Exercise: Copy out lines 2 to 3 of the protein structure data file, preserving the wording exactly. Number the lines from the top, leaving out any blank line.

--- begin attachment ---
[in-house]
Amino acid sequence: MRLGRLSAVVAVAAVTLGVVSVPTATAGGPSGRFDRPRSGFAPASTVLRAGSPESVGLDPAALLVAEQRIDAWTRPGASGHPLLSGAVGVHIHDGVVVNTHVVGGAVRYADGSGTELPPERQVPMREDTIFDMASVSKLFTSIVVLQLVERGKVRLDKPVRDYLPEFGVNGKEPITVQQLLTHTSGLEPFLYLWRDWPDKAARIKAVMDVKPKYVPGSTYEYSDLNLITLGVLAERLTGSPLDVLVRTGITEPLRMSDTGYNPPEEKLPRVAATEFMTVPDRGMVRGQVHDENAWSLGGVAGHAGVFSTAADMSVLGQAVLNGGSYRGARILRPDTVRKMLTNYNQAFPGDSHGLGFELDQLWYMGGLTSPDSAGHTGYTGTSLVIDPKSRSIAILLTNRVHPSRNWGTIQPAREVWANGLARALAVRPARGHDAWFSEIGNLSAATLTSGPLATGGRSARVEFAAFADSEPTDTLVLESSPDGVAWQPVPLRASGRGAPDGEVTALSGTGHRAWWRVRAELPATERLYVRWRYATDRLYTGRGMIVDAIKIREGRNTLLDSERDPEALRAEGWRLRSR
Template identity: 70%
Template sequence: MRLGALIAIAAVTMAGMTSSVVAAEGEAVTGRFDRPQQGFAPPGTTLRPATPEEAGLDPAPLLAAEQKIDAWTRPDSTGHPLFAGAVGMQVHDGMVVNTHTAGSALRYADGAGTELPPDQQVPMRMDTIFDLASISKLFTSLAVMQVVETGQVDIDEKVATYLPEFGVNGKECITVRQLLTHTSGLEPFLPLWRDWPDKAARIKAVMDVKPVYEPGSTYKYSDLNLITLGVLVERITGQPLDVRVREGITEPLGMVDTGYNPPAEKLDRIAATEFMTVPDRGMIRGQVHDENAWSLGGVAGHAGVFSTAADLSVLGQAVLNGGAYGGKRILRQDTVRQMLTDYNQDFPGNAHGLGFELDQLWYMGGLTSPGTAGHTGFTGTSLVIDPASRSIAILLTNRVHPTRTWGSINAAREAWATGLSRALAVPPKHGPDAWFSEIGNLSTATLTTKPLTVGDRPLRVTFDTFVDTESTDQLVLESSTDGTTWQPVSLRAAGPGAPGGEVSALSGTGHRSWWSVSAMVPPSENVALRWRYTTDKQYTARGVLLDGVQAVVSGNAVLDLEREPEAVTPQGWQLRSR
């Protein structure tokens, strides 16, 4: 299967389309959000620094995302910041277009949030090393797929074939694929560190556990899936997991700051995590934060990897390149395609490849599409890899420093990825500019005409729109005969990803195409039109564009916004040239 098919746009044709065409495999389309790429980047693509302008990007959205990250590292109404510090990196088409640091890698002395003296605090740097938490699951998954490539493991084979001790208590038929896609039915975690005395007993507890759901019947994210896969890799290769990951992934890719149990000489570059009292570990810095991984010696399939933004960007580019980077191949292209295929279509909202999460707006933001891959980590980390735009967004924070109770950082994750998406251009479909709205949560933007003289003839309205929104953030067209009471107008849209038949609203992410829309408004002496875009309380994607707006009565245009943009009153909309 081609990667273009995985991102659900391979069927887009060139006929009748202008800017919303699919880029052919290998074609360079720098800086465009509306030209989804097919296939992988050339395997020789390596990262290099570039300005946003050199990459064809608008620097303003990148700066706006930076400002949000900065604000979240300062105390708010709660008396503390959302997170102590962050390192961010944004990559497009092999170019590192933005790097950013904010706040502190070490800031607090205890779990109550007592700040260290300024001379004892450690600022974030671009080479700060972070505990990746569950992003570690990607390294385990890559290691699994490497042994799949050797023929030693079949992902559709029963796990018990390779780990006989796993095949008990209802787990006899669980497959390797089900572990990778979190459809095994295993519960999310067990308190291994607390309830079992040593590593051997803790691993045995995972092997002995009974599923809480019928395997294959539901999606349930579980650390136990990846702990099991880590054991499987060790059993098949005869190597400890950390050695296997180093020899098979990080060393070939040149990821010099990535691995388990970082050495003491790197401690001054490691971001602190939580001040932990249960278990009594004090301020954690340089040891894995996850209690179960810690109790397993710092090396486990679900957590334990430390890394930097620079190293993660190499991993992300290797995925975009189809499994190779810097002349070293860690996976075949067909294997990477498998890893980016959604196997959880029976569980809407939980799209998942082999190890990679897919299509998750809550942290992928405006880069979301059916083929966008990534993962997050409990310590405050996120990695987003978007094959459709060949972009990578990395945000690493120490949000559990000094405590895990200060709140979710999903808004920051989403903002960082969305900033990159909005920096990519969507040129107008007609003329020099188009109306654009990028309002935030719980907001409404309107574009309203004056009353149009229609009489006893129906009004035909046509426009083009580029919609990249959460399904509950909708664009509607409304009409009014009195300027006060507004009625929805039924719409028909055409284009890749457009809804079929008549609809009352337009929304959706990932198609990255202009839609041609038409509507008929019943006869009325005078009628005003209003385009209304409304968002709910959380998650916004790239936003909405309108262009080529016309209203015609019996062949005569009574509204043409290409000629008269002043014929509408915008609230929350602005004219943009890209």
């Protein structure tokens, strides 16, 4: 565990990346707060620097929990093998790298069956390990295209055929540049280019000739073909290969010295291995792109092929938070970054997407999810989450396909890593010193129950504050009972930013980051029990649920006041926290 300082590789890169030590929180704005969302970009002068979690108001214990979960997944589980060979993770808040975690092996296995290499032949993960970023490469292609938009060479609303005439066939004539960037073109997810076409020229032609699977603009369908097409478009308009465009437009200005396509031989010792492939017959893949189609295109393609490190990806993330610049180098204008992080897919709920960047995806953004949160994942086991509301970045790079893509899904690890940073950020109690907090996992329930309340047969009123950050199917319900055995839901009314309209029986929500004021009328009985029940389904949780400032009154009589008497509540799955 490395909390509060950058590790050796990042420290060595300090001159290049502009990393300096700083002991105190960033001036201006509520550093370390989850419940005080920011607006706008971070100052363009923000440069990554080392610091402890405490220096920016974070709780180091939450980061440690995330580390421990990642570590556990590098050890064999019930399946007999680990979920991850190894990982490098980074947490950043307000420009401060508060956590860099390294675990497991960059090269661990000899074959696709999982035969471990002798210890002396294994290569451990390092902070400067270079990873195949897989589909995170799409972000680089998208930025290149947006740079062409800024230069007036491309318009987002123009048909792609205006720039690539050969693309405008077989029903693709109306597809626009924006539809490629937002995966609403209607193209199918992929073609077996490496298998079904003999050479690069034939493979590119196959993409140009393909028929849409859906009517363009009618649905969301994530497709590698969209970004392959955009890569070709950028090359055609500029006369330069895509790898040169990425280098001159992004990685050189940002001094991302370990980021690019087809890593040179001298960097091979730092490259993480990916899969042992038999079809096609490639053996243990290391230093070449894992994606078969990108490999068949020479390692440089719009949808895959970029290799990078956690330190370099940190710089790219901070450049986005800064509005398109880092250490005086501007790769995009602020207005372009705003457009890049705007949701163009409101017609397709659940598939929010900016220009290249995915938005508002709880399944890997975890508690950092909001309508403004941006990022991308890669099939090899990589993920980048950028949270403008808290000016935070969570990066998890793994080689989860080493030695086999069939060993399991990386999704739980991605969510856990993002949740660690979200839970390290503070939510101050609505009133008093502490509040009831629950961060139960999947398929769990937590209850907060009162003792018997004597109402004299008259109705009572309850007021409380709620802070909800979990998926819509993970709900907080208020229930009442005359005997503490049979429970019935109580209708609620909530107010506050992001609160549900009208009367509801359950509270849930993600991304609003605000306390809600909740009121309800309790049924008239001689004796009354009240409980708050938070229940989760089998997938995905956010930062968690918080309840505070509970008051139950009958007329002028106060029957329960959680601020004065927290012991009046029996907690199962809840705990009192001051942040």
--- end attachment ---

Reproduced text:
Amino acid sequence: MRLGRLSAVVAVAAVTLGVVSVPTATAGGPSGRFDRPRSGFAPASTVLRAGSPESVGLDPAALLVAEQRIDAWTRPGASGHPLLSGAVGVHIHDGVVVNTHVVGGAVRYADGSGTELPPERQVPMREDTIFDMASVSKLFTSIVVLQLVERGKVRLDKPVRDYLPEFGVNGKEPITVQQLLTHTSGLEPFLYLWRDWPDKAARIKAVMDVKPKYVPGSTYEYSDLNLITLGVLAERLTGSPLDVLVRTGITEPLRMSDTGYNPPEEKLPRVAATEFMTVPDRGMVRGQVHDENAWSLGGVAGHAGVFSTAADMSVLGQAVLNGGSYRGARILRPDTVRKMLTNYNQAFPGDSHGLGFELDQLWYMGGLTSPDSAGHTGYTGTSLVIDPKSRSIAILLTNRVHPSRNWGTIQPAREVWANGLARALAVRPARGHDAWFSEIGNLSAATLTSGPLATGGRSARVEFAAFADSEPTDTLVLESSPDGVAWQPVPLRASGRGAPDGEVTALSGTGHRAWWRVRAELPATERLYVRWRYATDRLYTGRGMIVDAIKIREGRNTLLDSERDPEALRAEGWRLRSR
Template identity: 70%